Exception: The first due dates for city buildings shall be in accordance with a staggered schedule, commencing with calendar year 2013 and ending with calendar year 2022 for buildings in existence on the effective date of this article, to be submitted by the department of citywide administrative services to the department on or prior to December 31, 2011. A city building constructed after the effective date of this article shall be added to such schedule within 10 years after the issuance of the first certificate of occupancy for such building. Copies of energy efficiency reports submitted to the department with respect to city buildings that are not submitted by the department of citywide administrative services shall also be submitted to the department of citywide administrative services.


§28-308.4.2 Combined audit and retro-commissioning. Nothing in this article shall prevent an owner from performing the audit and the retro-commissioning in a combined process, provided that all the requirements of sections 28-308.2 and 28-308.3 are met.


§28-308.5 Content of energy efficiency report. Except as otherwise provided in section 28-308.7, the energy efficiency report shall include, in a format prescribed by the department, (i) the energy audit report or documentation substantiating that an exception as set forth in section 28-308.2 applies to such building, and (ii) the retro-commissioning report or documentation substantiating that an exception as set forth in section 28-308.3 applies to such building.


§28-308.6 Notification by the department of finance. The department of finance shall notify the owner of the requirements of this article three years prior to the calendar year in which the covered building’s energy efficiency report is due and in the calendar year prior to the calendar year in which such report is due.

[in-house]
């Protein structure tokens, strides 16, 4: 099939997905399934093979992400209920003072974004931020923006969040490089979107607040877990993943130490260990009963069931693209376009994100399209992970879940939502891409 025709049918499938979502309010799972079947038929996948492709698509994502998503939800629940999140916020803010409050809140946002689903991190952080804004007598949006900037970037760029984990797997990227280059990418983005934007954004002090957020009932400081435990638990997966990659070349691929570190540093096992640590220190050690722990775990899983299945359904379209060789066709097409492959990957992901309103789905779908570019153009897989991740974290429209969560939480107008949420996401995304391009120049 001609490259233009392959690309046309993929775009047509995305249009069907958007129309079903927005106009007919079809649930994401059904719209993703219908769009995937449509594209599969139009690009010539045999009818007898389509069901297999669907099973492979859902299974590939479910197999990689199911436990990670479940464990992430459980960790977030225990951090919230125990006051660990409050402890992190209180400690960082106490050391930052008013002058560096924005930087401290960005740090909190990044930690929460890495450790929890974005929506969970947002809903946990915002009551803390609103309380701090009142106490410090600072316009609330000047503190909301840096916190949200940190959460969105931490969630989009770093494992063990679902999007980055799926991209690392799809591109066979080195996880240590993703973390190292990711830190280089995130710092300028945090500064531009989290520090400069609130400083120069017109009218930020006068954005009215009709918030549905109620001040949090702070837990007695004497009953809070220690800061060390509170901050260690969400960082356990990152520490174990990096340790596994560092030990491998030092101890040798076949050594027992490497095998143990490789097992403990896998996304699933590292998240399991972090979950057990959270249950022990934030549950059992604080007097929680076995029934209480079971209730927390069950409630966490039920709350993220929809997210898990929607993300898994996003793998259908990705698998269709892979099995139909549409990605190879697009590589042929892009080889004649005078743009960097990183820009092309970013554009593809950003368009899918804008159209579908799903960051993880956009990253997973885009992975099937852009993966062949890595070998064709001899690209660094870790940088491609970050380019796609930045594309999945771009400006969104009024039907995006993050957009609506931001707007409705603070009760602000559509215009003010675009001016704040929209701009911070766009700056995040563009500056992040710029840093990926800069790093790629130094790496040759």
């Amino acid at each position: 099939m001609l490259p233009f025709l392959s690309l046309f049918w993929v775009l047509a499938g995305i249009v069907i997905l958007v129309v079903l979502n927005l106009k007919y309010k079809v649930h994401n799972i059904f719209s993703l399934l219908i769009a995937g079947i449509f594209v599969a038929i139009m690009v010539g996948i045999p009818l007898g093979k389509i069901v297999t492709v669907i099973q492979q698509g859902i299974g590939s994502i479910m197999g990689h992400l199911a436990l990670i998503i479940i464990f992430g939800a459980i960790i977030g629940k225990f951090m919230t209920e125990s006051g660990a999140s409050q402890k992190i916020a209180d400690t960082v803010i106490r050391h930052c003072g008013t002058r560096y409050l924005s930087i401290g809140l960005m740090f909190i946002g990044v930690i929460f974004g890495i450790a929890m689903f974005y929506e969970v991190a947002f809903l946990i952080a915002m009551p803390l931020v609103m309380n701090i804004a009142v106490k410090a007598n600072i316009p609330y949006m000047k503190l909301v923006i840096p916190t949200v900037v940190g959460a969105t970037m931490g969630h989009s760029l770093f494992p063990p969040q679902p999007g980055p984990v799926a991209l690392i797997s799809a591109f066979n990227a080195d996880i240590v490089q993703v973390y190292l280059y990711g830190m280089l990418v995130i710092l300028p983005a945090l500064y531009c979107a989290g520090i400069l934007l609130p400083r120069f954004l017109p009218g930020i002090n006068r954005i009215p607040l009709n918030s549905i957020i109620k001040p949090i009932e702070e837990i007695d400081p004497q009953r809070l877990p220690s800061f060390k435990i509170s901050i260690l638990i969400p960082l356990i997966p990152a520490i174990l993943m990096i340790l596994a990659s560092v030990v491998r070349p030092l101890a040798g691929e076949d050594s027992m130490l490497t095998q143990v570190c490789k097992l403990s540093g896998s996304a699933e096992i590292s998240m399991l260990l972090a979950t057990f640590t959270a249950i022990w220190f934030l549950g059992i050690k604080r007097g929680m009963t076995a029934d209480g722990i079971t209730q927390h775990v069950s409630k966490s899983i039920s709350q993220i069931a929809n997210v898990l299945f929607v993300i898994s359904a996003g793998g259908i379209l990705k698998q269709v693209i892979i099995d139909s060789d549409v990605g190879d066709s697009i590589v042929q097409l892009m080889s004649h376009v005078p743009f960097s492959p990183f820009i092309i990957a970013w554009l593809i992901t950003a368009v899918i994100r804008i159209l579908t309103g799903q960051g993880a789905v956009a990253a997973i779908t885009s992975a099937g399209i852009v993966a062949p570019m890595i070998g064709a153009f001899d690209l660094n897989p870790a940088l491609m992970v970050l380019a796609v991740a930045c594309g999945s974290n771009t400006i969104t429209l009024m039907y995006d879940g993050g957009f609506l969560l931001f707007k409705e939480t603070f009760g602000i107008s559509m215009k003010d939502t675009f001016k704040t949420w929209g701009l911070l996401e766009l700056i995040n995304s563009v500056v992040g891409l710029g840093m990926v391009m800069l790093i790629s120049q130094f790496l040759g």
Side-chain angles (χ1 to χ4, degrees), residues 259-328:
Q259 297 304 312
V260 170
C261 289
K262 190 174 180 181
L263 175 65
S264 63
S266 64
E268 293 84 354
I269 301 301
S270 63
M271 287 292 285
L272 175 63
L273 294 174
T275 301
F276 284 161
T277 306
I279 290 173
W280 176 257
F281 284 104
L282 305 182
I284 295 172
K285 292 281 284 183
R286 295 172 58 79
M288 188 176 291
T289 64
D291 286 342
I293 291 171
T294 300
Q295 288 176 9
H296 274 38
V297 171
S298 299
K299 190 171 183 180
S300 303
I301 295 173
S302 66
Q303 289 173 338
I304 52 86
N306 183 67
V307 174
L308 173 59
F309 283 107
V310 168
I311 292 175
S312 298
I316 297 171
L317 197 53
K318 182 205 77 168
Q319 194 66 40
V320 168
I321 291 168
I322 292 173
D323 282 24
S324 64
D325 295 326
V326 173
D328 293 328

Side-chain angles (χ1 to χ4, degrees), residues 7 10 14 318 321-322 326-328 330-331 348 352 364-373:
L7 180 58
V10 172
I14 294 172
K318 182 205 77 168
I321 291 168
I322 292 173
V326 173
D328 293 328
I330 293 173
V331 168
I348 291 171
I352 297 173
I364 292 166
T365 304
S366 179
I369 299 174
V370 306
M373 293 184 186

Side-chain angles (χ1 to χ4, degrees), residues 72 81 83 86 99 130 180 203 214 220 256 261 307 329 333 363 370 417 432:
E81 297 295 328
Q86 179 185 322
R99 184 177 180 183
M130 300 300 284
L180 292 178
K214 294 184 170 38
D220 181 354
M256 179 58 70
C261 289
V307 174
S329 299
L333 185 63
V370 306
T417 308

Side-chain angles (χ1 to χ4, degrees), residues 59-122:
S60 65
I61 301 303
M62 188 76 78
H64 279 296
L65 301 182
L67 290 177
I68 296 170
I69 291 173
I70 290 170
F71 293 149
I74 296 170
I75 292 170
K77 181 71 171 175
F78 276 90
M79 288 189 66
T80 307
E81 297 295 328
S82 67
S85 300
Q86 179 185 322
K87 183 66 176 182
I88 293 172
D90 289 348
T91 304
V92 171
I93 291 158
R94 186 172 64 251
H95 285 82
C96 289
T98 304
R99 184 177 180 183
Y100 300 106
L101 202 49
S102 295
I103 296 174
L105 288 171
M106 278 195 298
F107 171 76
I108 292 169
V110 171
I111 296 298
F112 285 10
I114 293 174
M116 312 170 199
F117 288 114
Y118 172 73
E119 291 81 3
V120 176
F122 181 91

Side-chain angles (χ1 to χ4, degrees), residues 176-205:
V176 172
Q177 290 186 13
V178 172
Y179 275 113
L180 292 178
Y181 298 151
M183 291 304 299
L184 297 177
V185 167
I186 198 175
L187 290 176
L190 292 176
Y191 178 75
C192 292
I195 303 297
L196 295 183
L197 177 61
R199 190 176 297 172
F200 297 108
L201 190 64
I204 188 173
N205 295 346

§28-308.7 Early compliance. Notwithstanding any other provision of this article, an owner may submit an energy efficiency report, including both an energy audit report pursuant to section 28-308.7.1 and a retro-commissioning report pursuant to section 28-308.7.2, in the calendar year commencing January 1, 2013 and ending December 31, 2013 in order to achieve early compliance with this section. An energy efficiency report submitted for early compliance shall be deemed to satisfy the first required energy efficiency report for the building as assigned pursuant to section 28-308.4.1. The next required energy efficiency report for such building shall be due in the tenth calendar year after the first assigned due date for such report.


§28-308.7.1 Early compliance energy audit report. An energy audit report for a covered building shall be acceptable for early compliance if it is completed after January 1, 2006 and it includes:


1. The address of the building, completion date of the audit, signature and credentials of the person performing or supervising the performance of the audit and of the audit team; and


2. The information required in items 1 through 5 of section 28-308.2.


§28-308.7.1.1 Early compliance audit completed after January 1, 2006 and prior to the effective date of this article. An early compliance audit completed after January 1, 2006 and prior to the effective date of this article shall have met the following additional criteria: